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Emergency care
Ibuprofen for acute pain relief in the emergency department
  1. Dylan Collins
  1. Faculty of Medicine, The University of British Columbia, Vancouver, British Columbia, Canada
  1. Correspondence to Dr Dylan Collins, Faculty of Medicine, The University of British Columbia, Vancouver, BC V6T 1Z4, Canada; dylan.collins{at}

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In the emergency department there has been uncertainty over the analgesic ceiling for ibuprofen in the treatment of mild to moderate acute pain. A recent randomised trial addressed the minimally effective dose used to optimise pain management. Clinicians may reduce the rate of adverse events by using the minimally effective dose both in the emergency department and for discharge prescriptions.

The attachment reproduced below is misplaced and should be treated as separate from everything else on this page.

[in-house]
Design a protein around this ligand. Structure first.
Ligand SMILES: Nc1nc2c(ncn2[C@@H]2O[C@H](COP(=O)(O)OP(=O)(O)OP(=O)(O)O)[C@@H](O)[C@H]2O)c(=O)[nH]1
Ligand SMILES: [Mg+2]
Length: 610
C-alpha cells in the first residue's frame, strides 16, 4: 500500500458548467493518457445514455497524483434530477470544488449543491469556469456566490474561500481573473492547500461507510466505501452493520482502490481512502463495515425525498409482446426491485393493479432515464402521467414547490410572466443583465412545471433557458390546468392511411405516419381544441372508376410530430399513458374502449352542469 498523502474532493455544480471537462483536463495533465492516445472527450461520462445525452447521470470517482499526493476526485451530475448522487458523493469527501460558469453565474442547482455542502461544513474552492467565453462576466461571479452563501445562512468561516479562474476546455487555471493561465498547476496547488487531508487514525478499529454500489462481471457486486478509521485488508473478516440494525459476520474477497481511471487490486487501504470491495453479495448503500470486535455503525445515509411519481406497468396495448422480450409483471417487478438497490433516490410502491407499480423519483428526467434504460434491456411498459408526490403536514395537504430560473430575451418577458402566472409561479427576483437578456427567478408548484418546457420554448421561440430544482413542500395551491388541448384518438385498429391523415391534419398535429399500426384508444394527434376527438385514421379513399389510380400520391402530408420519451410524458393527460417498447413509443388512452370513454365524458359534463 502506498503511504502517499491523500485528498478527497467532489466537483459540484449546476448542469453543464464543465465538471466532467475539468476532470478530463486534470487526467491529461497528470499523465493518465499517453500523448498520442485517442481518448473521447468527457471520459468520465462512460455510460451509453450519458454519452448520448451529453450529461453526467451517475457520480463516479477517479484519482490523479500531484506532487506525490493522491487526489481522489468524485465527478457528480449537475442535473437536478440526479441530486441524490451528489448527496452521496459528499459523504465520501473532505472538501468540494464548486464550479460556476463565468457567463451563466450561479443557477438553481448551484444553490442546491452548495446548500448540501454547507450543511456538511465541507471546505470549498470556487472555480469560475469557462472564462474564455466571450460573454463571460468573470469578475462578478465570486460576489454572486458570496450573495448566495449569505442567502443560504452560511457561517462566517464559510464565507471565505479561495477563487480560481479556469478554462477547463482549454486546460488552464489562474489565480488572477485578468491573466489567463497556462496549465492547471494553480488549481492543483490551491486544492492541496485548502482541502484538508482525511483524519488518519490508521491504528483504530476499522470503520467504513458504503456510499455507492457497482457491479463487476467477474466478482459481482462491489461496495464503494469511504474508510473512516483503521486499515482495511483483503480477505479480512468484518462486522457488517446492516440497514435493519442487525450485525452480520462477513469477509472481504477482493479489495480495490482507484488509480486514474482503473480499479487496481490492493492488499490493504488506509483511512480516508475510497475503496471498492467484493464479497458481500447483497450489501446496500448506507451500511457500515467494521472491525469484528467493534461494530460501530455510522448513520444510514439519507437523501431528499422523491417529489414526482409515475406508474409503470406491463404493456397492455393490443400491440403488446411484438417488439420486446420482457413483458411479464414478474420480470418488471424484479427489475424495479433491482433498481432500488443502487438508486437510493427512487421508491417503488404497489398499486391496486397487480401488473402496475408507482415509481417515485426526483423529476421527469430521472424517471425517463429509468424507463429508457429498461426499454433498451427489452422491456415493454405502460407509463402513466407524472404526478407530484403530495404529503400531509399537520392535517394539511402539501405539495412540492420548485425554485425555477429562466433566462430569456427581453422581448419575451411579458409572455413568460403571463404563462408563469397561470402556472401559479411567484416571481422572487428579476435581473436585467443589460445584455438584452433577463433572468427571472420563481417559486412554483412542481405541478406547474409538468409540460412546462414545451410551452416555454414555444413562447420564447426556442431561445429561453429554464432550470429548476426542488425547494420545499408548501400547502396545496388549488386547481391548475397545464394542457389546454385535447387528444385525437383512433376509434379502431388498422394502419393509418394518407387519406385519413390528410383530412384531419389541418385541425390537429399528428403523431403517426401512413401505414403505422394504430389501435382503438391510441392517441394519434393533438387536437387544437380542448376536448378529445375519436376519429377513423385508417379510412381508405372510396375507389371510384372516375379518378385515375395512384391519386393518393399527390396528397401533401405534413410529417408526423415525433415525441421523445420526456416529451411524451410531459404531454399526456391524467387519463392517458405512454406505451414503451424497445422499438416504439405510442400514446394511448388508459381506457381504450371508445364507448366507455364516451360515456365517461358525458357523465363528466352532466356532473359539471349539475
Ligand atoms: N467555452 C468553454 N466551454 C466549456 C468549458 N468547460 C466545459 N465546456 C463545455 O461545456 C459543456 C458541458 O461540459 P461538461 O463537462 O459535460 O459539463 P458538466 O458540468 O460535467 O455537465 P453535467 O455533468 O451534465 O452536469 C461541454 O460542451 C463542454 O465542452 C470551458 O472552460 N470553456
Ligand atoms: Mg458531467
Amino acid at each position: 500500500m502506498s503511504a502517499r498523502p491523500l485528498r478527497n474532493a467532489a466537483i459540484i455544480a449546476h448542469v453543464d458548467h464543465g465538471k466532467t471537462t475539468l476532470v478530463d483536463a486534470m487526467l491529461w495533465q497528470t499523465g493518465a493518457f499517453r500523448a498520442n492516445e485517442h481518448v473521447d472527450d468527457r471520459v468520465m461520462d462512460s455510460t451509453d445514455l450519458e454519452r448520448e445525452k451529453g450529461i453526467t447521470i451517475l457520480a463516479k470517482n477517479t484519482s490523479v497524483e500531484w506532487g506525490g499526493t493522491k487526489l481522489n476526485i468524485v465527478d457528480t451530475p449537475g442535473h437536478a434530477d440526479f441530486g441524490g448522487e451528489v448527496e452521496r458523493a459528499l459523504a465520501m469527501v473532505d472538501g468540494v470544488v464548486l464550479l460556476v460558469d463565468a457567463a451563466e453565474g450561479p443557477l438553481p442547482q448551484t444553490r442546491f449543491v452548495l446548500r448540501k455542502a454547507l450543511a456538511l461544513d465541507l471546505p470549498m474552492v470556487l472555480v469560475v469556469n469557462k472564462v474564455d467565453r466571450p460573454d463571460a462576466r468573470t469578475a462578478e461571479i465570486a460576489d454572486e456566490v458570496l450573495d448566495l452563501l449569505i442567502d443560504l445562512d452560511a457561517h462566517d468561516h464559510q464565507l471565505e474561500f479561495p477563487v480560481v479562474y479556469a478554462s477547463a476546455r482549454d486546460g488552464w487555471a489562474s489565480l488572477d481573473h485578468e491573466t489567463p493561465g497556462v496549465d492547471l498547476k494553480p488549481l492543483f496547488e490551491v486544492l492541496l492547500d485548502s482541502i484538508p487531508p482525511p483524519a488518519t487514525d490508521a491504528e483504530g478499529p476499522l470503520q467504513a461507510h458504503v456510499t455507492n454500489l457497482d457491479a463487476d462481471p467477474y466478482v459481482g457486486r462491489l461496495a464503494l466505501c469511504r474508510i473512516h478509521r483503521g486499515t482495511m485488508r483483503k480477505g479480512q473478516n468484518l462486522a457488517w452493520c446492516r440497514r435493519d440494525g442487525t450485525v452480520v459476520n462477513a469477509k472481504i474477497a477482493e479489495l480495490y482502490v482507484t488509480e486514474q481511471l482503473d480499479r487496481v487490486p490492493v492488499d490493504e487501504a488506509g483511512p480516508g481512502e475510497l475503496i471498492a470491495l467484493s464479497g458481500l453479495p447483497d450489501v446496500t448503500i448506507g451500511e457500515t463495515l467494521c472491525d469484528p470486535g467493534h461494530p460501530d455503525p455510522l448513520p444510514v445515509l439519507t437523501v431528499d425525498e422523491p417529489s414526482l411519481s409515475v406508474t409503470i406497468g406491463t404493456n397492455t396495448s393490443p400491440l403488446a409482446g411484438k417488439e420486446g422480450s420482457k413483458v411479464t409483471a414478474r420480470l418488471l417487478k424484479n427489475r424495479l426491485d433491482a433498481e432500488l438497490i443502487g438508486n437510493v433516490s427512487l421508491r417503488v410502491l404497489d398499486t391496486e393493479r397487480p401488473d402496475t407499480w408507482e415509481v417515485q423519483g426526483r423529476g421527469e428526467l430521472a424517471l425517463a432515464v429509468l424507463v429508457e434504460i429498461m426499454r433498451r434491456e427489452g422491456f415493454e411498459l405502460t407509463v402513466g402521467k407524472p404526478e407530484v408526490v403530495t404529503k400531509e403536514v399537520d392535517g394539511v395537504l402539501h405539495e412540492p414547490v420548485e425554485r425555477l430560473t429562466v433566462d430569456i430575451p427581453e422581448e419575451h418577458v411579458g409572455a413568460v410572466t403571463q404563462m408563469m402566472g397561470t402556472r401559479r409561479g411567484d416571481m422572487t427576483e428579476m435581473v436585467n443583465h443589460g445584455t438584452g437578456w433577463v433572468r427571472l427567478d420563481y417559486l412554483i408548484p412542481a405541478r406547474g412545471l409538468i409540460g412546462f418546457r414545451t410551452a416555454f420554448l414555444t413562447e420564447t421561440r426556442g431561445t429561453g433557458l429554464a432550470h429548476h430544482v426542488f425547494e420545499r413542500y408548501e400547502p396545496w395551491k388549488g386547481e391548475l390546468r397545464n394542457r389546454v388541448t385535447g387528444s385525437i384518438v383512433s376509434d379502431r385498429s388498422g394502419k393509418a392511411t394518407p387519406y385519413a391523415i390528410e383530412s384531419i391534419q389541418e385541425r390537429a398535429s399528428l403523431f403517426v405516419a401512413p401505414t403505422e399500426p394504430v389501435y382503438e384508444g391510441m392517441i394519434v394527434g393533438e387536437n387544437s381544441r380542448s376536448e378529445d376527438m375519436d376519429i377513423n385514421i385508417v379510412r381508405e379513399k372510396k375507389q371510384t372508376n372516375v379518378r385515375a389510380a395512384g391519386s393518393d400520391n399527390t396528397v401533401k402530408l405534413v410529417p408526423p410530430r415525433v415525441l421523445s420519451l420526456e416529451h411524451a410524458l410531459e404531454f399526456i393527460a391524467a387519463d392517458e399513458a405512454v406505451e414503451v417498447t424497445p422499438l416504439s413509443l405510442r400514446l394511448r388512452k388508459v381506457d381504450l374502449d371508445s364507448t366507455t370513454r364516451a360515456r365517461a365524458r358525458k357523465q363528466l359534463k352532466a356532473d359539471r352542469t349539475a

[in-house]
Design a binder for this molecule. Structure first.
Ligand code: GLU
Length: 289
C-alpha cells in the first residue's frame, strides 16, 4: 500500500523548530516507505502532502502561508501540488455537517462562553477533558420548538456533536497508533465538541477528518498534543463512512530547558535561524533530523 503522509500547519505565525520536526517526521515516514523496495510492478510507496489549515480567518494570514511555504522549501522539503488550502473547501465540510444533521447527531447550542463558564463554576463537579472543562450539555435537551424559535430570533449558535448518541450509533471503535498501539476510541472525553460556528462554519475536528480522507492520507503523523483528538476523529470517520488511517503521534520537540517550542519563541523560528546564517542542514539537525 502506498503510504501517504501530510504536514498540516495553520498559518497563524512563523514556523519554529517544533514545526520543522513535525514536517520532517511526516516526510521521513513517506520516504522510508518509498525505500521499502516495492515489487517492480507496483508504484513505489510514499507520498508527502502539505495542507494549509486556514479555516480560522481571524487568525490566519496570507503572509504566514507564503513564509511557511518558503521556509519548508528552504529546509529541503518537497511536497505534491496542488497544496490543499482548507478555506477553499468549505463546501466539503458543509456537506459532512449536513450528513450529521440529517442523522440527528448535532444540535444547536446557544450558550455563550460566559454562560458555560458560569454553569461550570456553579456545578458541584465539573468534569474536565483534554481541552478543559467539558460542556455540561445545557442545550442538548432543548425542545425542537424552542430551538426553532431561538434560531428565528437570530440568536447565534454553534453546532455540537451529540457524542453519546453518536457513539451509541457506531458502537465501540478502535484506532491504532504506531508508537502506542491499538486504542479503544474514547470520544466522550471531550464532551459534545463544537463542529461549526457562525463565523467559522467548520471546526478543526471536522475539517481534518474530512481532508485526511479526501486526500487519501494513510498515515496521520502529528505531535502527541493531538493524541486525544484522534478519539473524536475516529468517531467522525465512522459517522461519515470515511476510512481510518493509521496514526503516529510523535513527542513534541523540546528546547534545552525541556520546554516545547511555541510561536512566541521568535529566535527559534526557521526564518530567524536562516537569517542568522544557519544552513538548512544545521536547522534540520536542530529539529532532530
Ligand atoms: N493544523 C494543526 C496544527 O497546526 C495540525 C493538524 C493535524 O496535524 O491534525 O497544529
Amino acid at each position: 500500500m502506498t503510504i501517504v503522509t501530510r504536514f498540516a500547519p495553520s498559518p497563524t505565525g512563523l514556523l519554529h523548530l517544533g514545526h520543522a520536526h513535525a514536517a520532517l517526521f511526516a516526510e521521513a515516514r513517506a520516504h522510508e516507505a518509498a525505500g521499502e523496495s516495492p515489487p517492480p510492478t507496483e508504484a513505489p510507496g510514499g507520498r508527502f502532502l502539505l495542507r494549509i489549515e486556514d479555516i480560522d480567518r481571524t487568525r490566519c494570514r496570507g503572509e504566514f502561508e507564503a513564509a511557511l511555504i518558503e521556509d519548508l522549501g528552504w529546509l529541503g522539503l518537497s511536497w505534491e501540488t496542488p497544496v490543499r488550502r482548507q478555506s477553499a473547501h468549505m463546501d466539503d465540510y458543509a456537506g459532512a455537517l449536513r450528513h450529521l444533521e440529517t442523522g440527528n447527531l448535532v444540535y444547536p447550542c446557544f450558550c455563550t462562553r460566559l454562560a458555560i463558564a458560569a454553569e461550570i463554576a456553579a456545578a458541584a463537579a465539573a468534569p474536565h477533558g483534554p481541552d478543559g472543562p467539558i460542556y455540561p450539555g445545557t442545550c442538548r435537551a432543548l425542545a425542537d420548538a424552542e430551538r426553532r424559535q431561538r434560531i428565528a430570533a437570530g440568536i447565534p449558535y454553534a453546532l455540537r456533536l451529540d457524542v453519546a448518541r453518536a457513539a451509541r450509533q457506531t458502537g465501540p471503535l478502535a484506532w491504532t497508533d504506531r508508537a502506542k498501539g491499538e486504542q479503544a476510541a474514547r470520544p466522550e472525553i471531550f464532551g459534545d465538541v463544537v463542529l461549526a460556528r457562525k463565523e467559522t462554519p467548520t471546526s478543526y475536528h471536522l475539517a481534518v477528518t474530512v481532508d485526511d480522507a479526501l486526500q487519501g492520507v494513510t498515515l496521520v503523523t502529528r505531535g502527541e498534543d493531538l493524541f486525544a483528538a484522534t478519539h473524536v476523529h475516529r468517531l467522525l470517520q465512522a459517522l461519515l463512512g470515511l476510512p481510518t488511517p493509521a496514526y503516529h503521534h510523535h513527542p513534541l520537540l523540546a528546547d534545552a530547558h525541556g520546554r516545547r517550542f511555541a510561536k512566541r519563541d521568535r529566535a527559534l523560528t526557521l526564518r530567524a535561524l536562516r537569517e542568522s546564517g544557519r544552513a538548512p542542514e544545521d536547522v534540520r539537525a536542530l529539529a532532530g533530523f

The management of acute pain is fundamental to the practice of emergency medicine. In 2016, in the USA, there were more than 145 million emergency department visits with acute pain syndromes being the most common presentation.1

Ibuprofen is a common, available, inexpensive non-steroidal anti-inflammatory drug (NSAID) and as such, it is non-addictive with analgesic, antipyretic and anti-inflammatory effects. It is available in both parenteral and enteral routes, making it a versatile option for pain management. While higher doses are required for its anti-inflammatory effect, dental and oral surgery literature …

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  • Contributors DC is the sole author.

  • Funding The author has not declared a specific grant for this research from any funding agency in the public, commercial or not-for-profit sectors.

  • Competing interests None declared.

  • Provenance and peer review Commissioned; internally peer reviewed.